The $600 million expansion of the Phoenix Convention Center—managed by the city's public works department—will triple the building's size to 2 million square feet. Photo: Phoenix Convention Center
Even the best-built home needs sprucing up from time to time, especially if the family living there has grown. The city of Phoenix has increased in size from its incorporation in 1881 (2500 residents) to today (1.3 million), turning it in a little more than a century and a quarter from a humble desert town to the fifth largest municipality in the country. That's quite a big “family.”
To keep the quality of life in pace with the quantity, city planners and developers have teamed up to revitalize downtown Phoenix: adding and expanding entertainment complexes, convention space, educational facilities, research centers, and other world-class features. Without the city's infrastructure managers, however, efforts to reinvent the city would go nowhere.
Juggling ambitious downtown development with aging infrastructure, omnipresent budget shortfalls, and meeting the needs of one of the fastest-growing metropolitan areas in the country are a challenge for Phoenix's infrastructure managers. However, the leaders of its Public Works, Street Transportation, and Water Services departments meet these challenges with open communication, and thoughtful planning.Back In The Beginning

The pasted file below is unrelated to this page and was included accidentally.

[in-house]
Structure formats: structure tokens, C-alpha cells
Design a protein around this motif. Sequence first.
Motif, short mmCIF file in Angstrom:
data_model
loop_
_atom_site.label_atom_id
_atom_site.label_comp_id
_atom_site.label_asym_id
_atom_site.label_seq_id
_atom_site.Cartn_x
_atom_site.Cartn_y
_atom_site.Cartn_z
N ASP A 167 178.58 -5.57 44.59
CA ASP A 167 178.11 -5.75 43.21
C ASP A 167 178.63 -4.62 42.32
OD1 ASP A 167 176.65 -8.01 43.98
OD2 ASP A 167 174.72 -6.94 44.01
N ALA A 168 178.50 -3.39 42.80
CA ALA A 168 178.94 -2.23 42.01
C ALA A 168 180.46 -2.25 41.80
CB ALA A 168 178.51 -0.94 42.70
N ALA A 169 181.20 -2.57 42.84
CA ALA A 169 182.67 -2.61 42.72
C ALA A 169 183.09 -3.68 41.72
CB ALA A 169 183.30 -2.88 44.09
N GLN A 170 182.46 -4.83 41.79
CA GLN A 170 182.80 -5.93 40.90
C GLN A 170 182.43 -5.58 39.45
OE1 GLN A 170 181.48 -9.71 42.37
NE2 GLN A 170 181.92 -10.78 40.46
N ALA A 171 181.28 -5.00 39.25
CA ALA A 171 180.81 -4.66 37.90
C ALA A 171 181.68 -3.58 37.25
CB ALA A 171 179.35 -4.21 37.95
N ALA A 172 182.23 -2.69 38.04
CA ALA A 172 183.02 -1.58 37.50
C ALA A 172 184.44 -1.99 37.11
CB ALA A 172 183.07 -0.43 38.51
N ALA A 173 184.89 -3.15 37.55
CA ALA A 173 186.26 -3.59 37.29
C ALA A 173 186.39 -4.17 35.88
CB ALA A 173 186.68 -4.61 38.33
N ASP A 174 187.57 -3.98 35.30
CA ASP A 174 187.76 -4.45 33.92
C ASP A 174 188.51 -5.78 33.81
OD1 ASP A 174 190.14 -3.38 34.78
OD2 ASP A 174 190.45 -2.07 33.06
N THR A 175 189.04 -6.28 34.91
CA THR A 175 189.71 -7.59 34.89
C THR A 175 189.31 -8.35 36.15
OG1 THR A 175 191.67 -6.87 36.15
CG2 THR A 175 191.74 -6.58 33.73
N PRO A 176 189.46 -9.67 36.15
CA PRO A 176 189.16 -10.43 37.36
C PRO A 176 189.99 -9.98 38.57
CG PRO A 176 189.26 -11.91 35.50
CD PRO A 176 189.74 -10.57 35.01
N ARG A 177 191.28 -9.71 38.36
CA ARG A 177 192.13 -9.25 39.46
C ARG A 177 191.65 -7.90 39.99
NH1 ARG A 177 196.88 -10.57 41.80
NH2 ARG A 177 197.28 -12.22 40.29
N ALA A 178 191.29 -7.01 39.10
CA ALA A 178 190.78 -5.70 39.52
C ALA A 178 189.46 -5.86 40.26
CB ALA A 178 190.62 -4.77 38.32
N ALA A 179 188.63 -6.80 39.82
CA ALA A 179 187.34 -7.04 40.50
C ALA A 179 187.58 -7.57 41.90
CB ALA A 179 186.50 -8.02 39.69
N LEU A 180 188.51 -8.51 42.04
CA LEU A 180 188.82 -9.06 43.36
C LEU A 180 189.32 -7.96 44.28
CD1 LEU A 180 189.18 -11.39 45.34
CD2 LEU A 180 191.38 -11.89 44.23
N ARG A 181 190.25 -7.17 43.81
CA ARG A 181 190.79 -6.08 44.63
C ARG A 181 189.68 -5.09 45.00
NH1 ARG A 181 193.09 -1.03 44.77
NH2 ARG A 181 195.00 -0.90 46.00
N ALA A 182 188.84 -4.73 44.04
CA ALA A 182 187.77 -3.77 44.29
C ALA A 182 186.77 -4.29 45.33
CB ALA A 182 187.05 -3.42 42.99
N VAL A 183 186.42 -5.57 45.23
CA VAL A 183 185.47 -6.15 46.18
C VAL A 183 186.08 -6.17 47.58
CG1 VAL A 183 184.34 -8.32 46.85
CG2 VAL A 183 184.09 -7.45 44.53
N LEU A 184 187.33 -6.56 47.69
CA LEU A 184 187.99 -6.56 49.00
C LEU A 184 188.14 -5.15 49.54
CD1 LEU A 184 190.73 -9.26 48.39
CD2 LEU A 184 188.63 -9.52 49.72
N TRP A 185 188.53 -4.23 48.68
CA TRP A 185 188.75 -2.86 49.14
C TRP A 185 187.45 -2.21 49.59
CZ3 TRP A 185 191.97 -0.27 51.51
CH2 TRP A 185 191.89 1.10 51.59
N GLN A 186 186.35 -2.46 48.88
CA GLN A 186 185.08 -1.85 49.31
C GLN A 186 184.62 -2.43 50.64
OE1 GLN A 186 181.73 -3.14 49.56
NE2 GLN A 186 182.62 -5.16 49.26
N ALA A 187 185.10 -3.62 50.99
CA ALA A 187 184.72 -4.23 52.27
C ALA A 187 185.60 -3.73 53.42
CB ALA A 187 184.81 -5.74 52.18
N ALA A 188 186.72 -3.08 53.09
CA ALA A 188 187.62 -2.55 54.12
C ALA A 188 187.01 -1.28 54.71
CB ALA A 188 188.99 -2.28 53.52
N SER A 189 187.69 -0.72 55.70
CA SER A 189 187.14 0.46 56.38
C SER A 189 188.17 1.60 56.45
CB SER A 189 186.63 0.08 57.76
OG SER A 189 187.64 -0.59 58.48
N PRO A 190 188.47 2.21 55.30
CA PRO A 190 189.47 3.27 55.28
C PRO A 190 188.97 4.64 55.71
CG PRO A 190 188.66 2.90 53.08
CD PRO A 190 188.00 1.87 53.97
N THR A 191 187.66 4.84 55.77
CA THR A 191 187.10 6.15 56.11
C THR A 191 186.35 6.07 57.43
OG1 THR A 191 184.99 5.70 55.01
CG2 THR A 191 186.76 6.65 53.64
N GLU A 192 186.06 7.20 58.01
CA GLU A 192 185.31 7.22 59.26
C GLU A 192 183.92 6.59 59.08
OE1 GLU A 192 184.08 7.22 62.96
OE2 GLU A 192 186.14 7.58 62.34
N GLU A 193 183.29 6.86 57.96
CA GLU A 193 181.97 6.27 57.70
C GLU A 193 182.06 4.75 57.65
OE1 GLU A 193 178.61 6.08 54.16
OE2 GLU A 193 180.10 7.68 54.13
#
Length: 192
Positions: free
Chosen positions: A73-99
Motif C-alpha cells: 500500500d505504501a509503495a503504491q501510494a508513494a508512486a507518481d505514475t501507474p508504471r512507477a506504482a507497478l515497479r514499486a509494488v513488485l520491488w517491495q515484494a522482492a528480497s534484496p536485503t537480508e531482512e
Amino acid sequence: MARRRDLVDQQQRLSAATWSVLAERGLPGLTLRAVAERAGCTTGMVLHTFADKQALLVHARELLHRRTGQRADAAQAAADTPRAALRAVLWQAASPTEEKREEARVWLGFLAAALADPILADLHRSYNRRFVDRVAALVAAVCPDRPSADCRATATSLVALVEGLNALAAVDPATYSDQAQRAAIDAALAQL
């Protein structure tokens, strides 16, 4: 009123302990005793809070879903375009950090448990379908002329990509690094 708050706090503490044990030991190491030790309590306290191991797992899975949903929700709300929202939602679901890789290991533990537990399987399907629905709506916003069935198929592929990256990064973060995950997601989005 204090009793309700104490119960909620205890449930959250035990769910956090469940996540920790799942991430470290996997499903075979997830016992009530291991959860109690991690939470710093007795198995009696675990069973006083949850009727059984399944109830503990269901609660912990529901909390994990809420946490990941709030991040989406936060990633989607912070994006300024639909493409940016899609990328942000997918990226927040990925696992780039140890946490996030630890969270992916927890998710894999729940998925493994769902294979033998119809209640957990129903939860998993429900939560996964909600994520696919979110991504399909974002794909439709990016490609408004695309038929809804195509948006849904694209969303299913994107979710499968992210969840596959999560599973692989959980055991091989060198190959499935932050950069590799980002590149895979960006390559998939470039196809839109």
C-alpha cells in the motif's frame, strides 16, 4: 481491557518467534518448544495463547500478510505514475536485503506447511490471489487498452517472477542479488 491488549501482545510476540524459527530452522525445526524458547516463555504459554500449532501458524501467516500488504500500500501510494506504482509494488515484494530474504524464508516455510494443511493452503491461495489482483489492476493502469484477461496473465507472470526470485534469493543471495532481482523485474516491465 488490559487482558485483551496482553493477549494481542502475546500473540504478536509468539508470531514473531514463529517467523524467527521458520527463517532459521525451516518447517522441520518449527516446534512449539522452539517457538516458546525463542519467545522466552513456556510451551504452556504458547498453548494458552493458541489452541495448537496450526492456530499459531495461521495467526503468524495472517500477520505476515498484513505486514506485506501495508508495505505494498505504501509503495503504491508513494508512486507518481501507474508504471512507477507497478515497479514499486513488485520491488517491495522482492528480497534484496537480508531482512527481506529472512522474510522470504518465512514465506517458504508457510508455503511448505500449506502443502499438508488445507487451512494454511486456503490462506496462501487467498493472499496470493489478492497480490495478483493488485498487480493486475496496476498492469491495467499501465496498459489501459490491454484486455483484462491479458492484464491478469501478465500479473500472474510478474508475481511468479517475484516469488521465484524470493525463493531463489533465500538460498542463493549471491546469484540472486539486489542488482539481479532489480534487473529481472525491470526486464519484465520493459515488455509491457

If you ask any of the directors of the city's public-works-related departments, Phoenix has always been a first-rate metropolis. However, since about two decades ago, future-minded planners and infrastructure managers saw population growth and urban sprawl were nibbling around the city's edges, a situation that could only worsen into the approaching millennium.
“Rapid growth has led many people to look for an alternative to continued suburban sprawl,” says Brian Kearney, president and CEO of the Downtown Phoenix Partnership. “People are tired of the sameness of the suburbs, the long commutes, etc., and are looking for another type of place to escape to from time to time.”
Kearney's organization, formed 17 years ago, is a non-profit entity comprising a partnership between city officials and scores of developers, put together to foster revitalization of Copper Square, the 90-block core of Phoenix's downtown area. While the Downtown Phoenix Partnership constitutes a sizable chunk of the downtown area, it's not the only player in the game that infrastructure managers must face off against.
Five years ago, the city created a dedicated Downtown Development Office consisting of legal counsel, finance directors, and infrastructure managers. The group is intended to help the city's public works-focused departments keep apprised of projects, and to make sure infrastructure can meet the needs each project creates. And in 2004, the city released Downtown Phoenix: A Strategic Vision and Blueprint for the Future. This revitalization manifesto spells out city planners' goals to develop new housing units, attract more businesses and jobs, foster artistic and cultural development, and provide financial incentives to developers to make it all happen.